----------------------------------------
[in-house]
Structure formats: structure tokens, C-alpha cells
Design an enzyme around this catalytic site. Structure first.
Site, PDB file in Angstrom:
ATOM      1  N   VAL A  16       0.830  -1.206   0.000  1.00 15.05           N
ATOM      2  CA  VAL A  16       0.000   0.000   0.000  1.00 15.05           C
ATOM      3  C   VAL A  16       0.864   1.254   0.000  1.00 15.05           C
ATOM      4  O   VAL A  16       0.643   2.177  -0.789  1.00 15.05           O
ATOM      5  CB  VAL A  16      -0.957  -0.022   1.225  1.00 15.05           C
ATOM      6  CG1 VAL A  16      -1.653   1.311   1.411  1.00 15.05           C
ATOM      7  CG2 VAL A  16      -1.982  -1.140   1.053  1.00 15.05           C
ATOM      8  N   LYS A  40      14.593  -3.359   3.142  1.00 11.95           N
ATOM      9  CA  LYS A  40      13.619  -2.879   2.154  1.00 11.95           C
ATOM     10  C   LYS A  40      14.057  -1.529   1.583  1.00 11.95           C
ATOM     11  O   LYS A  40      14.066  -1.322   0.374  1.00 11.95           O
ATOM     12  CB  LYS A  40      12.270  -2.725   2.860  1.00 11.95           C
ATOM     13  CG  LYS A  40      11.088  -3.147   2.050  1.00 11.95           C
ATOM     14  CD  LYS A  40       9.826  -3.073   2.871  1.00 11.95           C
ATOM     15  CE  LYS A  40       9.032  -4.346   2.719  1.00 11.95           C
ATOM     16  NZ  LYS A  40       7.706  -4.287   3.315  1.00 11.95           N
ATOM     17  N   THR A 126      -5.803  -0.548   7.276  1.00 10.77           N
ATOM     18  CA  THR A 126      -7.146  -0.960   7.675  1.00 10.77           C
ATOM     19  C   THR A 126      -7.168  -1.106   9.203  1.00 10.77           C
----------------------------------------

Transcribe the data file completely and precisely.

[in-house]
Structure formats: structure tokens, C-alpha cells
Design an enzyme around this catalytic site. Structure first.
Site, PDB file in Angstrom:
ATOM      1  N   VAL A  16       0.830  -1.206   0.000  1.00 15.05           N
ATOM      2  CA  VAL A  16       0.000   0.000   0.000  1.00 15.05           C
ATOM      3  C   VAL A  16       0.864   1.254   0.000  1.00 15.05           C
ATOM      4  O   VAL A  16       0.643   2.177  -0.789  1.00 15.05           O
ATOM      5  CB  VAL A  16      -0.957  -0.022   1.225  1.00 15.05           C
ATOM      6  CG1 VAL A  16      -1.653   1.311   1.411  1.00 15.05           C
ATOM      7  CG2 VAL A  16      -1.982  -1.140   1.053  1.00 15.05           C
ATOM      8  N   LYS A  40      14.593  -3.359   3.142  1.00 11.95           N
ATOM      9  CA  LYS A  40      13.619  -2.879   2.154  1.00 11.95           C
ATOM     10  C   LYS A  40      14.057  -1.529   1.583  1.00 11.95           C
ATOM     11  O   LYS A  40      14.066  -1.322   0.374  1.00 11.95           O
ATOM     12  CB  LYS A  40      12.270  -2.725   2.860  1.00 11.95           C
ATOM     13  CG  LYS A  40      11.088  -3.147   2.050  1.00 11.95           C
ATOM     14  CD  LYS A  40       9.826  -3.073   2.871  1.00 11.95           C
ATOM     15  CE  LYS A  40       9.032  -4.346   2.719  1.00 11.95           C
ATOM     16  NZ  LYS A  40       7.706  -4.287   3.315  1.00 11.95           N
ATOM     17  N   THR A 126      -5.803  -0.548   7.276  1.00 10.77           N
ATOM     18  CA  THR A 126      -7.146  -0.960   7.675  1.00 10.77           C
ATOM     19  C   THR A 126      -7.168  -1.106   9.203  1.00 10.77           C